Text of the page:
|Nutrition Facts (per serving)|
|Amount per serving|
|% Daily Value*|
|Total Fat 4g||5%|
|Saturated Fat 2g||10%|
|Total Carbohydrate 17g||6%|
|Dietary Fiber 1g||3%|
|Total Sugars 3g|
|Vitamin C 0mg||0%|
|*The % Daily Value (DV) tells you how much a nutrient in a food serving contributes to a daily diet. 2,000 calories a day is used for general nutrition advice.|
Rolls that you can make relatively quickly for dinner are in and of themselves a pretty attractive kitchen project. But once you add other ingredients into the mix, such as herbs like rosemary and thyme, and bacon, it becomes downright irresistible. These savory herb and bacon yeast rolls are a mouthwatering combination of bacon and herbs; they are incredibly delicious. They can be put together in the afternoon and will fill your kitchen with the most comforting aroma.
Bake the herb and bacon rolls for a holiday meal or a Sunday dinner, or shape them into buns for lunch or breakfast sandwiches. They're excellent alongside a roast chicken or a flank steak with mushrooms.
If you've never made rolls before, no worries. The key thing to remember when making any kind of yeasted bread is to pay attention to the temperature of your ingredients, which will ensure the dough rises properly and the rolls bake up nice and fluffy. Before they go into the oven, they're brushed with a simple egg wash of an egg and a tablespoon of water to help give the rolls a nice shine and color.
1 envelope (2 1/4 teaspoons) active dry yeast
1/4 cup warm water, about 110 F
1 cup milk, room temperature
1/4 cup granulated sugar
1 1/4 teaspoons salt
1/2 teaspoon garlic powder
1/2 teaspoon celery salt
1/4 cup (4 tablespoons) unsalted butter, melted
1/4 teaspoon dried thyme leaves
1/4 teaspoon crumbled rosemary
1 large egg
3 1/2 cups all-purpose flour, plus more for kneading
1 tablespoon unsalted butter, softened, for the bowl
6 to 8 strips bacon, cooked, drained, and crumbled, about 1/3 cup
1 large egg, mixed with 1 tablespoon water, for egg wash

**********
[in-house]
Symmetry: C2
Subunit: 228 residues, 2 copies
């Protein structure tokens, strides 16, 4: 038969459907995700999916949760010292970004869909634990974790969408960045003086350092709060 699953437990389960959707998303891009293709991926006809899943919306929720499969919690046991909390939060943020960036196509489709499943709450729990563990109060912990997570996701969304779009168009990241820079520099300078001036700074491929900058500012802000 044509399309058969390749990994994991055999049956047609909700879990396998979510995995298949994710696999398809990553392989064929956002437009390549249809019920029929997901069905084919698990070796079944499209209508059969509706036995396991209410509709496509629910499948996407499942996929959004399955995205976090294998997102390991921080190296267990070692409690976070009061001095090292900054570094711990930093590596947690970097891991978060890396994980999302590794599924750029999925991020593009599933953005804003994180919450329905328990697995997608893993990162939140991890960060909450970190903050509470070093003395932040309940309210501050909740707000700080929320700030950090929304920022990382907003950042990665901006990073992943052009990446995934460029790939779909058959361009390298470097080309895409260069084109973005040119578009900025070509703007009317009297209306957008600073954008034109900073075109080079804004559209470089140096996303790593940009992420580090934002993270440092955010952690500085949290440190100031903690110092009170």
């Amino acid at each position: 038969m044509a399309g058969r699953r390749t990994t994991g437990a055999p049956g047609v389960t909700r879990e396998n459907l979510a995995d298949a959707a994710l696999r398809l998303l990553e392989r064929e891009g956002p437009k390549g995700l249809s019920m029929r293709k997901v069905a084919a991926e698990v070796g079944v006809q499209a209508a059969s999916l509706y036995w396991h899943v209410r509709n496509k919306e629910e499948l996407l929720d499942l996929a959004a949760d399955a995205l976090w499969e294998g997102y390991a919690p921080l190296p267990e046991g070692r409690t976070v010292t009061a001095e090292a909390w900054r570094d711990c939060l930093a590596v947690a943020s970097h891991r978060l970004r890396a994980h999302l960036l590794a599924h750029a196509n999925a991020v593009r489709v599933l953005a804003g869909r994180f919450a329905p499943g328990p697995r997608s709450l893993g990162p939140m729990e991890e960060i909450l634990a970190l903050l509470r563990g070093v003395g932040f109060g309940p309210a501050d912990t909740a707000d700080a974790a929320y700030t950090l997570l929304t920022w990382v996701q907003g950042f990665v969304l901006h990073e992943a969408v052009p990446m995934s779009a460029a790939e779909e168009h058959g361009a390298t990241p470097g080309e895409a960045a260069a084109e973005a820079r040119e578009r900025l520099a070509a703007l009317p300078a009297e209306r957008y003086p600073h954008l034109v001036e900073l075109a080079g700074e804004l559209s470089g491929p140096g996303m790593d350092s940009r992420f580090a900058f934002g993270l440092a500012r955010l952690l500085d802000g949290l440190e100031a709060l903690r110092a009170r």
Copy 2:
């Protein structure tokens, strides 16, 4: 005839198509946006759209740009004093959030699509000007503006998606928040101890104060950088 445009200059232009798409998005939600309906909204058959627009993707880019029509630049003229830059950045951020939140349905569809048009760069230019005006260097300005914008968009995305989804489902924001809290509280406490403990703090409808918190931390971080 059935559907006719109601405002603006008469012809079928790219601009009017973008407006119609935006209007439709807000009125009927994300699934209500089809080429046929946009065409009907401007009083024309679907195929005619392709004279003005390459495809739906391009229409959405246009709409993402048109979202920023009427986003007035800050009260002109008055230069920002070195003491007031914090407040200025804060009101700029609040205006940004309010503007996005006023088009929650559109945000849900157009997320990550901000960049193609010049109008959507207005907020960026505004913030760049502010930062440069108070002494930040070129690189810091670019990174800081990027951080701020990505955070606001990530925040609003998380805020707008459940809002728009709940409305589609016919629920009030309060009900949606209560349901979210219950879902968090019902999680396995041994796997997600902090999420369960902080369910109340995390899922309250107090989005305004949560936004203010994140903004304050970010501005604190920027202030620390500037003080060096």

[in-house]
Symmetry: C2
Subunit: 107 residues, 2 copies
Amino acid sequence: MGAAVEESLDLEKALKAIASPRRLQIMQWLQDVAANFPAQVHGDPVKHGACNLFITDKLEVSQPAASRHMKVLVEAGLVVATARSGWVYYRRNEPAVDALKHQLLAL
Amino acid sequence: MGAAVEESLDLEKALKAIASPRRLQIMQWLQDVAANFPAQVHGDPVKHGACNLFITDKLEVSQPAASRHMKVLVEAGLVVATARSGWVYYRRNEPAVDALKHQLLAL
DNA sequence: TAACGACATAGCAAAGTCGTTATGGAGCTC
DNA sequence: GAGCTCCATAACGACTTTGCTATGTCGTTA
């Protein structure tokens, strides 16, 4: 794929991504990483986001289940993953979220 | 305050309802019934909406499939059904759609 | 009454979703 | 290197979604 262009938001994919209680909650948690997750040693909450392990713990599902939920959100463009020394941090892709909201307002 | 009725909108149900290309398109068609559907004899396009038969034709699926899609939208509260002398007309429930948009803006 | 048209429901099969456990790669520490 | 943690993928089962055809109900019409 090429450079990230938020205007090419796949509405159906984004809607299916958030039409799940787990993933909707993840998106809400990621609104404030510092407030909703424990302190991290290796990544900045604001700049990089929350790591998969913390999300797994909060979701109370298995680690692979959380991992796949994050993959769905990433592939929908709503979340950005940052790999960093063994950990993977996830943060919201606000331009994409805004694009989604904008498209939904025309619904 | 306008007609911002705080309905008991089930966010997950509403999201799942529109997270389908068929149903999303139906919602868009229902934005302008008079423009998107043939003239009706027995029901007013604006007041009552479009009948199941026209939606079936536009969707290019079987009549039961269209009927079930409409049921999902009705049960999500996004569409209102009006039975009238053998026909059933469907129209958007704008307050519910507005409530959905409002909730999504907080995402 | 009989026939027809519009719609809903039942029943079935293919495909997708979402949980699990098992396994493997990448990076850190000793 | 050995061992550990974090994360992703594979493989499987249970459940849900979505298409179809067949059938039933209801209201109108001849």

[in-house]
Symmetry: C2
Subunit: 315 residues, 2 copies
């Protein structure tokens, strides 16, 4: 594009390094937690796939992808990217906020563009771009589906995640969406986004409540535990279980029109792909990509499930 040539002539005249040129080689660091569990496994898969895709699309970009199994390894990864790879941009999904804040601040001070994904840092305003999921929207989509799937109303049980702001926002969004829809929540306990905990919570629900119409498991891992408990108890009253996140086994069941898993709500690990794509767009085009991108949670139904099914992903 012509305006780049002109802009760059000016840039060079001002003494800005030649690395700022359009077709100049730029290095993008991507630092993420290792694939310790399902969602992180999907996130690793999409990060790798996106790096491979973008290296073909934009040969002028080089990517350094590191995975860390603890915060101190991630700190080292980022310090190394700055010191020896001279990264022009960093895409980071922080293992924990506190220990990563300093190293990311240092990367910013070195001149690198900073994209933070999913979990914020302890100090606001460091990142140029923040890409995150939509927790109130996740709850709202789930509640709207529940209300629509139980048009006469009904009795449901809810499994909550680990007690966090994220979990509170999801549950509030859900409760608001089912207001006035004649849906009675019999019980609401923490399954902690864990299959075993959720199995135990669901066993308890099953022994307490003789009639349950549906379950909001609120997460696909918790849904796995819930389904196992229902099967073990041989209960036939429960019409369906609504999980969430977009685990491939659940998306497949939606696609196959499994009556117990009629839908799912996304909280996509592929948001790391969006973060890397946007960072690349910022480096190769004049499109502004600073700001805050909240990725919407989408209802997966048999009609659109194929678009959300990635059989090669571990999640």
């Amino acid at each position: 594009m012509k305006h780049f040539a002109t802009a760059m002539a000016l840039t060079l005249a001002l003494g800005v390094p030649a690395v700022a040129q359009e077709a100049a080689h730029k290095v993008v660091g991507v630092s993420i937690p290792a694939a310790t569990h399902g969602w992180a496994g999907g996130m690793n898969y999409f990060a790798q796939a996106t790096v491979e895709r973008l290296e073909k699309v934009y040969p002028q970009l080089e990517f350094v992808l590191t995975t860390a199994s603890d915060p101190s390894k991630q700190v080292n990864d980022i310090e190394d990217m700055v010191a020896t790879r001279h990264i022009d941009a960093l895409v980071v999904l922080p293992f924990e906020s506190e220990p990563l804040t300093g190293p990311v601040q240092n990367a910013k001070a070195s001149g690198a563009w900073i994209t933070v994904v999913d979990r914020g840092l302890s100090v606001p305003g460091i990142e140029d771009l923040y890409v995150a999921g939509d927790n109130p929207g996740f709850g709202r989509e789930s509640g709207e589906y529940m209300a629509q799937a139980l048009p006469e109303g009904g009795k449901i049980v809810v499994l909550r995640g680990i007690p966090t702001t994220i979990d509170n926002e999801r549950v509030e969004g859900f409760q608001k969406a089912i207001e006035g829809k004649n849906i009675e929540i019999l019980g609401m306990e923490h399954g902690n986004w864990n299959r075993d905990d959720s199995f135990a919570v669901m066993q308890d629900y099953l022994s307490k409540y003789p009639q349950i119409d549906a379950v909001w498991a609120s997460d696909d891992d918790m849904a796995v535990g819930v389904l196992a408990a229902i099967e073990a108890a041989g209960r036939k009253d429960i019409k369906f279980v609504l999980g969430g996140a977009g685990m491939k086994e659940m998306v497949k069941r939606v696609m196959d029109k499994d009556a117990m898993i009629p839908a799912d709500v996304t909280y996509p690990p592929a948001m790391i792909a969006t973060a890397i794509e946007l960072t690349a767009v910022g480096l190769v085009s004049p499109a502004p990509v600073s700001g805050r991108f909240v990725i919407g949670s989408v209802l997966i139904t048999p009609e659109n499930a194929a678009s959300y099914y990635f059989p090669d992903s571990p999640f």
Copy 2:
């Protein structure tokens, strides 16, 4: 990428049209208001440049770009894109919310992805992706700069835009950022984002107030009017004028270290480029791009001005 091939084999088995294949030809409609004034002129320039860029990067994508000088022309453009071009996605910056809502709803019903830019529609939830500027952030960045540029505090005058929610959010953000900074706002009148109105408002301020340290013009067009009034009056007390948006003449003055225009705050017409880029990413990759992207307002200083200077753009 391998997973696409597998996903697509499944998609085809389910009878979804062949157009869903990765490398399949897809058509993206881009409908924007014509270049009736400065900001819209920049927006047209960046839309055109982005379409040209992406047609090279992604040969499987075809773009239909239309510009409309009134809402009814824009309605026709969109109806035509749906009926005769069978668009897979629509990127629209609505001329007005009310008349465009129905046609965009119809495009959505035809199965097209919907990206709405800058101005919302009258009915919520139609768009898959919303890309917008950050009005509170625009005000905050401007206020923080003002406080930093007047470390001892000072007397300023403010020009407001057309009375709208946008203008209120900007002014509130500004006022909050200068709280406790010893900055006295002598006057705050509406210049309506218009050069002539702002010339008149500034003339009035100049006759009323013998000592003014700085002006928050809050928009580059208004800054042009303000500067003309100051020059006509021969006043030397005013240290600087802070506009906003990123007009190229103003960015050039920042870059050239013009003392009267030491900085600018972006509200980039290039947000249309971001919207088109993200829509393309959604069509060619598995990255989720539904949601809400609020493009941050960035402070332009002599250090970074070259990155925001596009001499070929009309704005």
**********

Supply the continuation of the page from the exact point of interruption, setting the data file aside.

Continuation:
In a cup or small bowl, dissolve the yeast in the 1/4 cup of warm water; set aside.
In a large mixing bowl combine the milk, sugar, salt, garlic powder, celery salt, melted butter, thyme, rosemary, egg, and 2 cups of the flour. Add the yeast mixture. Beat until smooth using a whisk or the paddle attachment of a mixer. Stir in the remaining flour and the bacon.
Generously butter a large bowl. Gather the kneaded dough into a ball and place in the bowl. Turn to coat all sides with butter.
Cover the bowl with plastic wrap and let the dough rise in a warm, draft-free place for about 1 1/2 hours, or until doubled in bulk.
Punch down the dough and cut it into 24 uniform pieces. A kitchen scale is an excellent way to keep them even in size. Shape the pieces into smooth, taut balls. Arrange in the greased baking pan. Cover with a lightweight kitchen towel and let the rolls rise for about 45 minutes to 1 hour, or until nearly doubled in bulk.
Lightly grease a 13 x 9 x 2-inch baking pan. Heat the oven to 400 F.
In a cup whisk the egg and 1 tablespoon of water together to make an egg wash. Lightly brush some of the egg wash mixture over each roll just before baking.
Bake the rolls for about 15 to 20 minutes, or until golden brown. The rolls should register about 185 F to 190 F when done.
What makes dough light and fluffy?
Practice is definitely something that helps when it comes to working with yeast, whether it's dinner rolls like these or using a sourdough starter; so many things can go awry with bread making. But the rewards are great. A good knead and a good rise develops the right conditions to help the dough develop enough gas. If it looks puffy and soft when it goes into the oven, your odds are pretty good that your rolls will come out light and fluffy.
If you usually fry bacon, try baking it instead. There's less mess and spatter and the bacon typically cooks much more evenly this way. It's a completely hands-off process which means you can work on other aspects of putting together this recipe while the bacon cooks. Turning to the oven for this task is smart, too, because it enables you to make a lot of bacon at once without worrying about crowding the skillet with too many pieces.